NotesFAQContact Us
Collection
Advanced
Search Tips
Peer reviewed Peer reviewed
Direct linkDirect link
ERIC Number: EJ842315
Record Type: Journal
Publication Date: 2009-May
Pages: 3
Abstractor: ERIC
Reference Count: 3
ISBN: N/A
ISSN: ISSN-0013-8274
Making Writing Instruction Authentic
Kahn, Elizabeth
English Journal, v98 n5 p15-17 May 2009
Early in the fall of 2007, one of the author's students asked whether she could pass around a petition during class protesting the "moment of silence." The Illinois legislature had recently passed a law requiring all schools to observe a moment of silence at the start of each school day. A number of students who heard the conversation started expressing their views and asking questions about the moment of silence. The author seized this opportunity since her senior writing class had recently begun a unit on writing argument. She gave students the assignment to write either a letter to the editor of a local newspaper or a letter to a state legislator or the governor arguing their viewpoint on this issue. This assignment proved to be a good way to help students learn some important processes. This situation provided a great opportunity for students to learn effective strategies for writing an argument: taking a position, analyzing their audience, finding specific supporting evidence for their claims, analyzing the evidence, and anticipating and addressing counterarguments. Of course, this situation was a "teachable moment" that happened serendipitously. Such opportunities don't always arise. By second semester when the author taught the course again, students were weary of the moment-of-silence issue, and she could tell there would not be much enthusiasm for writing about it. Sometimes an issue arises about which students as a group feel strongly. But that doesn't always happen. A teacher certainly can't count on it to happen at just the right time. What can they do to generate the engagement and learning that result from writing about authentic issues and addressing real audiences? The author has found that it's possible to generate much the same response from students by presenting an event in the news that they haven't necessarily heard about. It has to be a situation that will be intriguing to them and produce a strong reaction. In this article, the author presents several examples of some cases that she has used successfully in recent years.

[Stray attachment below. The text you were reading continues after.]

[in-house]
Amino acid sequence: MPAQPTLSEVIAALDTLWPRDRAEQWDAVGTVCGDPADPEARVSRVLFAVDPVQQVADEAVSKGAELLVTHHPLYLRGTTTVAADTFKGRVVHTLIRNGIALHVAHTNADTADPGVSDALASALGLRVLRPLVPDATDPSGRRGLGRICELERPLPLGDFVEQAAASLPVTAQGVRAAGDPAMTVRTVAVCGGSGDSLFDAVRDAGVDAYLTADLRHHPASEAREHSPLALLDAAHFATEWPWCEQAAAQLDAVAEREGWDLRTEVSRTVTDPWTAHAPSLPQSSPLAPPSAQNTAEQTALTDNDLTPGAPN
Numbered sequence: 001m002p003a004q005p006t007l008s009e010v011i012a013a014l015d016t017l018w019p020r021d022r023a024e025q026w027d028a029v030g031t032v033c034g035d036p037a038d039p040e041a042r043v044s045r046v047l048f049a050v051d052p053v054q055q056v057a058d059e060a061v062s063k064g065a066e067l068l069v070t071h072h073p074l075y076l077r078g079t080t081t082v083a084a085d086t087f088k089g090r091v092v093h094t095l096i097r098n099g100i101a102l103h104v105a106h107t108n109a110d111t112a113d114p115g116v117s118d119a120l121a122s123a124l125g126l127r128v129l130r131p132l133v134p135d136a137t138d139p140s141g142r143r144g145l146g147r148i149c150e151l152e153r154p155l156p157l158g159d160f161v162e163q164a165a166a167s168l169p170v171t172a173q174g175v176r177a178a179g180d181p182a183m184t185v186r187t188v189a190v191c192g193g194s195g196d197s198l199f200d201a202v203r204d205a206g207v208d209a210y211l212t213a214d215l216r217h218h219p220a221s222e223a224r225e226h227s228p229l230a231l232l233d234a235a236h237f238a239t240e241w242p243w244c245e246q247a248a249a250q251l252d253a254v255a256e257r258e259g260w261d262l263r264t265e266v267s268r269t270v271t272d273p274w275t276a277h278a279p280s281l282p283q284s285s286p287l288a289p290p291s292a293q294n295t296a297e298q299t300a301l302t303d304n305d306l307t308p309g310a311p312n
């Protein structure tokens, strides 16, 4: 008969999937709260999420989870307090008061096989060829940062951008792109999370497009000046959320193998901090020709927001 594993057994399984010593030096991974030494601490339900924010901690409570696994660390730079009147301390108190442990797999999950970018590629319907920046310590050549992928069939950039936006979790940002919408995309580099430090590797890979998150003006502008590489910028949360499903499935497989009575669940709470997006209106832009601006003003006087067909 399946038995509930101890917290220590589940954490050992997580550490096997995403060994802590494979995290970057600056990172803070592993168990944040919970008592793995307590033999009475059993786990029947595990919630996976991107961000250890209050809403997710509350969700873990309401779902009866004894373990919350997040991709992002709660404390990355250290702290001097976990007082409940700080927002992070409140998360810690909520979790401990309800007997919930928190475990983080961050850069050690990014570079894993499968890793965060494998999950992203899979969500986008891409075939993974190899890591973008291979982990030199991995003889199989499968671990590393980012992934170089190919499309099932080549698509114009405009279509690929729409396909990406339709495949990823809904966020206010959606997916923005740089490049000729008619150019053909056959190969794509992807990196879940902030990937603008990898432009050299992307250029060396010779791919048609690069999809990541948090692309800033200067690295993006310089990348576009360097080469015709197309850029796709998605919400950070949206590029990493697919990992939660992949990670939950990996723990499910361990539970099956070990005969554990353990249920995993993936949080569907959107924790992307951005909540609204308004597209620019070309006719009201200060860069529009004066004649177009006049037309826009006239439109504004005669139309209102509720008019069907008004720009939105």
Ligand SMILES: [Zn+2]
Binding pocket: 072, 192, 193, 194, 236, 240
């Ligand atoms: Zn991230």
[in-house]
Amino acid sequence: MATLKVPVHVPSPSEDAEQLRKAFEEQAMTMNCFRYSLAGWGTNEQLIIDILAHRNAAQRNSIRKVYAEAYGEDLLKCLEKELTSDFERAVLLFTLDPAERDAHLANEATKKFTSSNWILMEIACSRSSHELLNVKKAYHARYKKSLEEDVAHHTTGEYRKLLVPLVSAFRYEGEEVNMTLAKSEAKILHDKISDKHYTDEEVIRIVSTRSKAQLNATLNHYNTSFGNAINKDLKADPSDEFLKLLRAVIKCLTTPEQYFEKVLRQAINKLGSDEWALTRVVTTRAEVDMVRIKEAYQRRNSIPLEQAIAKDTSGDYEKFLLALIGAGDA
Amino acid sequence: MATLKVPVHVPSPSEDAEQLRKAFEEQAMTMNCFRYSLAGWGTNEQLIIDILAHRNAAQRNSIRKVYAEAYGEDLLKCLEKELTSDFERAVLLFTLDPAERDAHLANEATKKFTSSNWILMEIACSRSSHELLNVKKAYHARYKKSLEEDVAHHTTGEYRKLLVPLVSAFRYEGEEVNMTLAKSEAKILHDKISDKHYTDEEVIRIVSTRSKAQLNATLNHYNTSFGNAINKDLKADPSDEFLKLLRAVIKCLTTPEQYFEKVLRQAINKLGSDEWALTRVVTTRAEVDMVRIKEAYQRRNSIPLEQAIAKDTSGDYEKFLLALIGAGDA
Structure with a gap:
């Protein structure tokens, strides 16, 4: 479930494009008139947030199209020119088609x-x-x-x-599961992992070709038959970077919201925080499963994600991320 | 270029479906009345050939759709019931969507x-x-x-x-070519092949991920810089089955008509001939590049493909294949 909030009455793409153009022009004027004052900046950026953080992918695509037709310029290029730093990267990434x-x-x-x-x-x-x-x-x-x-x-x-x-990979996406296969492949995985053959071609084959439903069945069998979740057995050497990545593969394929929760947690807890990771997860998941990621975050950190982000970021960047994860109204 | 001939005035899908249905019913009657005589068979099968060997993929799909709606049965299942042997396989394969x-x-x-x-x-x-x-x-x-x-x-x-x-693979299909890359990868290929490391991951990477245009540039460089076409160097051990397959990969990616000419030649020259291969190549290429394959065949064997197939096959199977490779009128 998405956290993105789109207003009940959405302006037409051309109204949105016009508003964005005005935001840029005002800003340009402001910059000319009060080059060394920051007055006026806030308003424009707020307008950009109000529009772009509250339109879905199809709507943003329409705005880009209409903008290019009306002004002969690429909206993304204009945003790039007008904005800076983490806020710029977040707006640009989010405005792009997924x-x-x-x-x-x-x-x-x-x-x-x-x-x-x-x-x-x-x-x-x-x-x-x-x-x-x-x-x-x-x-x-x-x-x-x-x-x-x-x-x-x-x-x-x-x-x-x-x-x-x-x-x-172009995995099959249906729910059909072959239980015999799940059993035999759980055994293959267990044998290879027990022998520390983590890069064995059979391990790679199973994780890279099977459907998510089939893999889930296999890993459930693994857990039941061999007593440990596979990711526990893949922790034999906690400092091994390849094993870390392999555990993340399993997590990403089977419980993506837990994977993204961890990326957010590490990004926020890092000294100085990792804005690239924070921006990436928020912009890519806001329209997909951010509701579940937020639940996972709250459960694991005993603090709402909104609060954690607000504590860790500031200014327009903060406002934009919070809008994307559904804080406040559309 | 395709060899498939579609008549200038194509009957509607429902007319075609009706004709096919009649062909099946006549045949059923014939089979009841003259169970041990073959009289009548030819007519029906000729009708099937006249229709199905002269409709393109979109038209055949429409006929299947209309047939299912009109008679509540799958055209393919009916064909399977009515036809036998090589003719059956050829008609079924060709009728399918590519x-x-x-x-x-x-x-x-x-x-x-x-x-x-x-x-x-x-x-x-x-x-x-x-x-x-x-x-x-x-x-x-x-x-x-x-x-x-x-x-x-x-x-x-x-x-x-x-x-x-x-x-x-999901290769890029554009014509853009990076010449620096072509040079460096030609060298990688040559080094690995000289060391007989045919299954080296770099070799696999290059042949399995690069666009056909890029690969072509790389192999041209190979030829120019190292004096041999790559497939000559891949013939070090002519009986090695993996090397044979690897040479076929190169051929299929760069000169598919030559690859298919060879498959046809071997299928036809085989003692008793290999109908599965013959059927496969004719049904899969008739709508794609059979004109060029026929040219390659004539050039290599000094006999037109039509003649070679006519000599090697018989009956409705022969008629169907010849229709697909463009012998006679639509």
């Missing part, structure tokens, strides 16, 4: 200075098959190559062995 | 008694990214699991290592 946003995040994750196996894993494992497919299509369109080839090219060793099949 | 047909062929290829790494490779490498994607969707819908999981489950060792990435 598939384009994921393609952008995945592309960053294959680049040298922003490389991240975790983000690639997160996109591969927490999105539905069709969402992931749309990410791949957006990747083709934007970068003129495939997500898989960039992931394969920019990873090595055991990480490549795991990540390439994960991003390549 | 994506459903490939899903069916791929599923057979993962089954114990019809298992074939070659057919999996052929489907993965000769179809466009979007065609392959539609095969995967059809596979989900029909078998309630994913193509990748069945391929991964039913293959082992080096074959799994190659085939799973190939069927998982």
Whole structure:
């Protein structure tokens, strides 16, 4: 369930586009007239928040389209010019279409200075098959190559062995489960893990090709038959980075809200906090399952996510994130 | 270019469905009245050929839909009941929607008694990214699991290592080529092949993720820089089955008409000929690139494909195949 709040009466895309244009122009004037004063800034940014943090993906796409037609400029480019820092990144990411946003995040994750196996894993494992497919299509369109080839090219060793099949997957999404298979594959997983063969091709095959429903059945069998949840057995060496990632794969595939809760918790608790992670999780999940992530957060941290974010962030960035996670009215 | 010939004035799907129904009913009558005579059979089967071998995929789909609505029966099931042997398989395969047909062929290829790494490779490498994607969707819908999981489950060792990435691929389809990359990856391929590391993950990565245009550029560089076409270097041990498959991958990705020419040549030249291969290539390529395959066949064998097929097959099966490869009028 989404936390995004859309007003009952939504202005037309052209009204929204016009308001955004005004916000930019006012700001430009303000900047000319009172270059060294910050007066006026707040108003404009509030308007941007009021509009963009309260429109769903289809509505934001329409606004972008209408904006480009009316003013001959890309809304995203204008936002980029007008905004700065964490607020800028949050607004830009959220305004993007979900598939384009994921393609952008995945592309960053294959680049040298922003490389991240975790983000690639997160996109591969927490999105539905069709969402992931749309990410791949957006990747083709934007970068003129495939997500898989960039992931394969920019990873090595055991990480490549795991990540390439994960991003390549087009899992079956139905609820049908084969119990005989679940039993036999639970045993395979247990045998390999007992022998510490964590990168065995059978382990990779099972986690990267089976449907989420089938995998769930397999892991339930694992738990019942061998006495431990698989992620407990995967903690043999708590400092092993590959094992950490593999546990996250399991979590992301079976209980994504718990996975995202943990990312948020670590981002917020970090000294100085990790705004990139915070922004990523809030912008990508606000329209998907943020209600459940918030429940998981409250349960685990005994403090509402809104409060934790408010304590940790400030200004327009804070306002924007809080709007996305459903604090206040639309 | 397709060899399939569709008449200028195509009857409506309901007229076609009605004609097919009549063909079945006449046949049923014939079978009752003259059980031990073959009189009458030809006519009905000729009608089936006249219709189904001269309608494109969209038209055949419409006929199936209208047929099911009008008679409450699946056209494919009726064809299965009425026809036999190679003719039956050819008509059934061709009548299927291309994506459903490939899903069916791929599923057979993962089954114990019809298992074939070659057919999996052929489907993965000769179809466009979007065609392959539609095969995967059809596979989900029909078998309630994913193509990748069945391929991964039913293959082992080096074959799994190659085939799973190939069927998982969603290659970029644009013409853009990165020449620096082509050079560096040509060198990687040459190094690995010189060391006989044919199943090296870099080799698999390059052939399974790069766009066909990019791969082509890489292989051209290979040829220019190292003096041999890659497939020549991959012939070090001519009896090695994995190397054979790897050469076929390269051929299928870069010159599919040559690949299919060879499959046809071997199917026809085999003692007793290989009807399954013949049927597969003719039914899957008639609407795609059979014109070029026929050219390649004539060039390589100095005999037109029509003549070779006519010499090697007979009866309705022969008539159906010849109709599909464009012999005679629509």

National Council of Teachers of English. 1111 West Kenyon Road, Urbana, IL 61801-1096. Tel: 877-369-6283; Tel: 217-328-3870; Web site: http://www.ncte.org/journals
Publication Type: Journal Articles; Reports - Descriptive
Education Level: High Schools; Secondary Education
Audience: N/A
Language: English
Sponsor: N/A
Authoring Institution: N/A
Identifiers - Location: Illinois